Rebel without a cod…
We know only too well that what we are doing is nothing more than a drop in the ocean. But if the drop were not there, the ocean would be missing something. – Mother Teresa
With luck, there will be a handful of experiences in your life that are going to positively change who you thought you were and what you are capable of doing.
I didn’t doubt how challenging it would be working on a fish processing boat in Dutch Harbor. The prospect is gritty and grimy no matter how you look at it. But I like crazy experiences.The money’s just a justification. To most people who do it, it doesn’t sound all that bad of an idea to be stuck out on a boat in the middle of nowhere for a whole winter.
Life lessons began at Pier 91 in Seattle. Boarding a ship of strangers means leaving your prior life on land. Characters get redefined. You cast off, in more ways than one.
Our own tiny universe orbited solely around seafood production and we processed +/-25,000 lbs. of Pacific Cod an HOUR (from fresh fish being pumped onto the boat, being weighed and sent down the line to be gutted, heads chopped off, sorted, graded, loaded into carts, flash frozen, bagged, tagged and offloaded into freezer container trucks) TWENTY-FOUR (24) HOURS A DAY!!
It never stopped. More fish, the whir of the machines, the Spanish electronica, the drama, the paperwork, the tears and sweat and frozen fingers and stories that can’t be rivaled…
Between December and April we processed over 19 million pounds of Pacific Cod on our boat that was also our home.
As The World Turns, so did The Days of Our Lives!
The landscape outside was often snowy, beautiful, bare mountains dotted with WWII bunkers, glorious sunshine, bald eagles, stacks of crab pots, and all things industrial.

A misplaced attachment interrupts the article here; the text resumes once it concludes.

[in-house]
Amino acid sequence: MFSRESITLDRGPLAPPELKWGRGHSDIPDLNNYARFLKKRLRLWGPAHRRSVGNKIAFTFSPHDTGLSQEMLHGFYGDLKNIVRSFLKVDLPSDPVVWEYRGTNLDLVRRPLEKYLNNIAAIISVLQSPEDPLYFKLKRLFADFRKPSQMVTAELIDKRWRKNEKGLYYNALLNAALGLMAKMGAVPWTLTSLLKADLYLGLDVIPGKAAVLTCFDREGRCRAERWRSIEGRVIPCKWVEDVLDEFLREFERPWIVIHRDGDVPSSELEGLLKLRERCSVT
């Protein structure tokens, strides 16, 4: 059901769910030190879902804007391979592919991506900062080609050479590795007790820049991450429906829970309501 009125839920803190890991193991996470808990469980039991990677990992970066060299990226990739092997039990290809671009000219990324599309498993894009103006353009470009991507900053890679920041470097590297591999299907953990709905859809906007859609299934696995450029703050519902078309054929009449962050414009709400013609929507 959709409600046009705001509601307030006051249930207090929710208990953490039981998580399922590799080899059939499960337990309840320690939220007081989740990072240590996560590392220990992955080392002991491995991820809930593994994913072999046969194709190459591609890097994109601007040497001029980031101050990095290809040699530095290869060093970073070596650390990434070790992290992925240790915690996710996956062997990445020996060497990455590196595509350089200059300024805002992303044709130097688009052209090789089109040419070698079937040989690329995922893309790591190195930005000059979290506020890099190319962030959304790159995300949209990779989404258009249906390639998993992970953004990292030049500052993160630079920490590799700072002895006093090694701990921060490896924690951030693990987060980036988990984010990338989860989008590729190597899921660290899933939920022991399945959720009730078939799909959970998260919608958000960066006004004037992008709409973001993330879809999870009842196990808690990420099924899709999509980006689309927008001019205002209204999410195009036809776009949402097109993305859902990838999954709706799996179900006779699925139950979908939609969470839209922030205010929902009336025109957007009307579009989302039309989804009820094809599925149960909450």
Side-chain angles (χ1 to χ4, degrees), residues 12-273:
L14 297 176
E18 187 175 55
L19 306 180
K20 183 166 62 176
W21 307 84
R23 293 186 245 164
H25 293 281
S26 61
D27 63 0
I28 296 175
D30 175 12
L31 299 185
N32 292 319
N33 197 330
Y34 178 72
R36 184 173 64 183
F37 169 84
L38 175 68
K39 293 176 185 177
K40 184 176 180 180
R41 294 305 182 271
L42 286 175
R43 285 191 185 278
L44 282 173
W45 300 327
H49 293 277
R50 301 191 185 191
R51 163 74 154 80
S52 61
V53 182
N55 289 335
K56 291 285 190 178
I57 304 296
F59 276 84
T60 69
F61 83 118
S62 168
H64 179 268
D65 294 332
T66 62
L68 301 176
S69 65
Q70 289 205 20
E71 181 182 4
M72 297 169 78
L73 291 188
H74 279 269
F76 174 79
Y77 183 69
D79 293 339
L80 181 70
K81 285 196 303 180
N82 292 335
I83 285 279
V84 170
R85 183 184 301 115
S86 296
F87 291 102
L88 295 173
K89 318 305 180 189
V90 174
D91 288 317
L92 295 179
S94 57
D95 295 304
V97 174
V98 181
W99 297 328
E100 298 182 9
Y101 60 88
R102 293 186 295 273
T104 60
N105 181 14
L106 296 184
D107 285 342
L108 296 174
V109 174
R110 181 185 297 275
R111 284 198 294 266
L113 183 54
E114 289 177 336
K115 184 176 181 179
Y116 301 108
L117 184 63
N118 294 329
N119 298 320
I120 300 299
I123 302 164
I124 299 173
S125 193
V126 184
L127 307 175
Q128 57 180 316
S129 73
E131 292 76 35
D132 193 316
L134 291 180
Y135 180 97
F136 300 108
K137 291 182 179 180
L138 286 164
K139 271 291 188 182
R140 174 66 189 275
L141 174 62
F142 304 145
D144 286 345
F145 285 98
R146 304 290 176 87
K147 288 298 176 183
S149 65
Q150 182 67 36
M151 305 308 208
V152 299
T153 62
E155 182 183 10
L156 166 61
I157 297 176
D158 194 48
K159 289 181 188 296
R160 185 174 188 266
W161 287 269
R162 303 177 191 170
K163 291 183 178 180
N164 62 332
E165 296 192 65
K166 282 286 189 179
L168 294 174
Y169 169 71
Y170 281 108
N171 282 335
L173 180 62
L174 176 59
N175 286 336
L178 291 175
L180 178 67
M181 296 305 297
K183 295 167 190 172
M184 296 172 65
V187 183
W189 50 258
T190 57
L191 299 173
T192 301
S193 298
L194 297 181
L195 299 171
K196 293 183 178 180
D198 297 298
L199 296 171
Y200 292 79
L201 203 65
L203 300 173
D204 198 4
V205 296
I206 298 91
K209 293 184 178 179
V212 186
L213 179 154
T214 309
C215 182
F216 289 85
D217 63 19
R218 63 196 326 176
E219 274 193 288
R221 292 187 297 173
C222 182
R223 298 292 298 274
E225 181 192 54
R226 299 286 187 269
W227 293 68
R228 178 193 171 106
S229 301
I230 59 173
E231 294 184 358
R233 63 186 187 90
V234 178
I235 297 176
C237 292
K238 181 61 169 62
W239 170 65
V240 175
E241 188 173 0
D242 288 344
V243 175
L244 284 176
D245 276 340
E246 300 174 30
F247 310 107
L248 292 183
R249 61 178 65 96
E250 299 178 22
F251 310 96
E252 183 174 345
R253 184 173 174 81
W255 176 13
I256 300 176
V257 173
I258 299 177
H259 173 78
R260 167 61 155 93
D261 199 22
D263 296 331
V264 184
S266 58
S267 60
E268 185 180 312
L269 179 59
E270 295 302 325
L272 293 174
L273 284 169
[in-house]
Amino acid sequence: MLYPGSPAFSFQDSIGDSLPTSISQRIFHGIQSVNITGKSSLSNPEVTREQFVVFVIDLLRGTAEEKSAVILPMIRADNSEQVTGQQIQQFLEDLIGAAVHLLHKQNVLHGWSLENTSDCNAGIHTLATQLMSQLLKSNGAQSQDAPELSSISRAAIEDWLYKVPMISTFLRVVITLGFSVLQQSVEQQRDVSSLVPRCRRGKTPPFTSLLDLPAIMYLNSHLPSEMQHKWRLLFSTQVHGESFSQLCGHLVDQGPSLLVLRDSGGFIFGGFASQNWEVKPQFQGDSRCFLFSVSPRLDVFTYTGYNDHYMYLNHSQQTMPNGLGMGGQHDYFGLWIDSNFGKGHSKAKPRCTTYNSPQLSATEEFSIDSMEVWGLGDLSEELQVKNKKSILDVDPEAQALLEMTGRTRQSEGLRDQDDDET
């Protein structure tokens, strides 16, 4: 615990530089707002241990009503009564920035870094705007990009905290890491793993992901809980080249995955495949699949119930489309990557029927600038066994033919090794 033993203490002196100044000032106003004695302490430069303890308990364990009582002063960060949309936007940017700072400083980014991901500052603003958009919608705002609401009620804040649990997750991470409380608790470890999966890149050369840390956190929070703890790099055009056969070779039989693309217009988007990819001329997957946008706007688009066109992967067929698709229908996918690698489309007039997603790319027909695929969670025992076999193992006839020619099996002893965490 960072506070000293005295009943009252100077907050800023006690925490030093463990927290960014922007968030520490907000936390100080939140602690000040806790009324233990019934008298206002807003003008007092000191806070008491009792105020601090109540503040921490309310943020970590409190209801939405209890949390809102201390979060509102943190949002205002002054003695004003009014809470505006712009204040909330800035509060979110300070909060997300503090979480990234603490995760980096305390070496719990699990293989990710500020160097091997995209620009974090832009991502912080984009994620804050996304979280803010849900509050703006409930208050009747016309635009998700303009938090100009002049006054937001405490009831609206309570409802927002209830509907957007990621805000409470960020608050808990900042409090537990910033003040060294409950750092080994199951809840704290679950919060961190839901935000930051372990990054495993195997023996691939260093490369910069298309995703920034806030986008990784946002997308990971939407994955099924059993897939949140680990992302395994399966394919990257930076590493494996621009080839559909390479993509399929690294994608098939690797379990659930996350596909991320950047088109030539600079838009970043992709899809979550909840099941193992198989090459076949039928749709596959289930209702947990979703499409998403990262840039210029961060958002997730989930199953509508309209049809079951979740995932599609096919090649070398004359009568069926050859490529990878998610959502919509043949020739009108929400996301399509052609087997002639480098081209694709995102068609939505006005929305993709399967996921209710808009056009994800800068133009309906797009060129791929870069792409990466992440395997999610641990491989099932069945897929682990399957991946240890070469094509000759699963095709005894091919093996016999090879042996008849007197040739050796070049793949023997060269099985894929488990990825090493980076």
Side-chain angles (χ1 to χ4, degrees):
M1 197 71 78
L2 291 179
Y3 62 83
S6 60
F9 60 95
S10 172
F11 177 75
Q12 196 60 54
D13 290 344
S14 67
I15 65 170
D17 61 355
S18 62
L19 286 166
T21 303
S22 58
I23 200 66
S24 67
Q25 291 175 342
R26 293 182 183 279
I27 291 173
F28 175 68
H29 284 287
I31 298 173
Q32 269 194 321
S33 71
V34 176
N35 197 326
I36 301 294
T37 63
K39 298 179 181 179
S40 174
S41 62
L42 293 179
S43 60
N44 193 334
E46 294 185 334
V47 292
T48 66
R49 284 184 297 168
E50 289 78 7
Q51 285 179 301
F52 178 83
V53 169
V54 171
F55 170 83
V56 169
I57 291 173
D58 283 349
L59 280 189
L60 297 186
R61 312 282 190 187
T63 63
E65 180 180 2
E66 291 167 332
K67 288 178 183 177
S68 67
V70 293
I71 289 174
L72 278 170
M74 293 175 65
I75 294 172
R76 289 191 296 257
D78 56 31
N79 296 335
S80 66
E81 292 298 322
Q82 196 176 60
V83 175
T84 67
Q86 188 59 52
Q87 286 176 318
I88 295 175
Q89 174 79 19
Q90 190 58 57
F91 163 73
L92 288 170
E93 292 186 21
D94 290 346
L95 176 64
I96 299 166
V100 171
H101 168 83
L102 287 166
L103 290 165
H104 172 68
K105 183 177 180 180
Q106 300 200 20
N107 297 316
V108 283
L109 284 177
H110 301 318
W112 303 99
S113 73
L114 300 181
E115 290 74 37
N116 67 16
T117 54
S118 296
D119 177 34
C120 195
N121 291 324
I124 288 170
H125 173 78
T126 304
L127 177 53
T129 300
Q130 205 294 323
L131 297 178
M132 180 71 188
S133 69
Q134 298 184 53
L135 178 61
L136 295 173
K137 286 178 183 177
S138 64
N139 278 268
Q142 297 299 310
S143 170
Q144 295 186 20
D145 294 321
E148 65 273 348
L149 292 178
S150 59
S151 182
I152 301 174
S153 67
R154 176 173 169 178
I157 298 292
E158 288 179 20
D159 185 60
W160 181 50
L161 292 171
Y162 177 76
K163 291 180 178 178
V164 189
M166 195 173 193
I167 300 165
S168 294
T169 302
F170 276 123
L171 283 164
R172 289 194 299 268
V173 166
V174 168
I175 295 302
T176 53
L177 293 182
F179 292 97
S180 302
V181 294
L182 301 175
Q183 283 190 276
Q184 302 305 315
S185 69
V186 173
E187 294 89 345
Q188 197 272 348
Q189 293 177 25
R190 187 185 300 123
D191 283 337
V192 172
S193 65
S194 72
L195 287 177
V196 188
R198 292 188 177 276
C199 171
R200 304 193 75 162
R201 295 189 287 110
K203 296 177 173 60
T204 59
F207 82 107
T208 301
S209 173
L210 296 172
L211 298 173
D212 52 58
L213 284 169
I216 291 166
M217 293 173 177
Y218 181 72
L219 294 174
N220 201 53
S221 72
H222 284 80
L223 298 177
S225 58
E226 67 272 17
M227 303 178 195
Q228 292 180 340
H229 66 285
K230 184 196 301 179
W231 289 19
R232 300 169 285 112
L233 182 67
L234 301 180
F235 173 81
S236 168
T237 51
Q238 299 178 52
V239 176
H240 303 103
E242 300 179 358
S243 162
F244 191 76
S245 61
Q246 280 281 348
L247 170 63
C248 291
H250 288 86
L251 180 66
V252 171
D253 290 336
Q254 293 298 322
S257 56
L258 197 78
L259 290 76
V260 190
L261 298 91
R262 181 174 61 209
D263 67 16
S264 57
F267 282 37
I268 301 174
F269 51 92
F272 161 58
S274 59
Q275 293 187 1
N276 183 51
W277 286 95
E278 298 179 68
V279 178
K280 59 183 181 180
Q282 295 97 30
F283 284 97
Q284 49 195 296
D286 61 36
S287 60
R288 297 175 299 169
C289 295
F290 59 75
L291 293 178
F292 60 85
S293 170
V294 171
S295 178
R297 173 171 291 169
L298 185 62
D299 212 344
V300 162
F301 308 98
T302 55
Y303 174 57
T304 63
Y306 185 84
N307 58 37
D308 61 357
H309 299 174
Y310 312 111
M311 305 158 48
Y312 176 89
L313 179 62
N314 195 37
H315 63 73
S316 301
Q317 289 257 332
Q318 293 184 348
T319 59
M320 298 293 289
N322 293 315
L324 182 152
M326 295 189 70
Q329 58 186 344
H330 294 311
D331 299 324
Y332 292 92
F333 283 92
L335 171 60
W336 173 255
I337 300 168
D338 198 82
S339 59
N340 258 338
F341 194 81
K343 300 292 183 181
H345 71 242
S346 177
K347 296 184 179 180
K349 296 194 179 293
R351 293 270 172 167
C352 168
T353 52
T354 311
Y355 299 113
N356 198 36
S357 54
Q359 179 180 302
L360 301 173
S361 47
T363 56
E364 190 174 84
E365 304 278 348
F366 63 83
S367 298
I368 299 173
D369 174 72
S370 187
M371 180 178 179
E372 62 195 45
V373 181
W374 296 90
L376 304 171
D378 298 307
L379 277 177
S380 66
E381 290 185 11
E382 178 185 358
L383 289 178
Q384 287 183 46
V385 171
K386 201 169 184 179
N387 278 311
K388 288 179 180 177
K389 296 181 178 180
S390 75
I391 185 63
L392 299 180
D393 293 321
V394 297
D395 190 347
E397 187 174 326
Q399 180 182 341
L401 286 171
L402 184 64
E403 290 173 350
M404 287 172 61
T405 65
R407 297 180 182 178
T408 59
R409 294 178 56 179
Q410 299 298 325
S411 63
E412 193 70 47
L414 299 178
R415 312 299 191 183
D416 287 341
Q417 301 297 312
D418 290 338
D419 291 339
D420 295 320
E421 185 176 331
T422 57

But I got to know the inside of our boat a lot more intimately than the islands that surrounded us.
The factory was a crazy maze of machinery. The living quarters, circular hallways full of Xtratufs and doorways that opened into tiny rooms with bunk beds and high school lockers.
Human connections were strong, we couldn’t get any closer. Creatures of comfort and habit, most people sat at the same tables every day for mealtimes. The Filipinos, Mexicans and Africans clustered together, while the deck hands and offload crews stuck together, the engineers way too cool to even eat in the galley with the rest of us, were downstairs. The office staff, were usually in the office.. Smokers, on the back deck.
The laundry room was another gathering place, where the housekeeping manager cooked meals on his electric skillet. I enjoyed a few carne de vaca tacos and Coca Colas between the stacks of washers and dryers and garbage cans full of blue rubber gloves. It was cozy and the food tasty.
We all found our place amidst the chaos, and we hunkered down. We greeted each other warmly and silently cursed the days until our freedom.
I was working for a company that was preoccupied with things like lawsuits and random drug tests. The overly restrictive policies and reckless management, 16 hour work days, unhealthy food and confined spaces, all made it feel how I imagine life in prison is! I laughed a lot. I cried a lot. I hid in my room a lot. Everything was gloriously absurd. We adapted.
Would I go back? I loved the work. I loved the people. But it’s unlikely improvements in management will take place, and that’s a deal breaker for me.
Would I recommend it? I’ll say this: If you can stick it out, you’ll have a family and you’ll know home. You’ll gain a better understanding of different cultures and the commercial seafood industry. You’ll have money in the bank. There’s a lot to be proud of. You’ll have stories to tell. Some things were fucked up- and at times, fucked me up, but it was interesting, and as soon as I disembarked, I felt homesick.
I got to watch bald eagles eat from the hands of my friends, sunrises over the sea, fishing boats feeding the WORLD! We fed the world!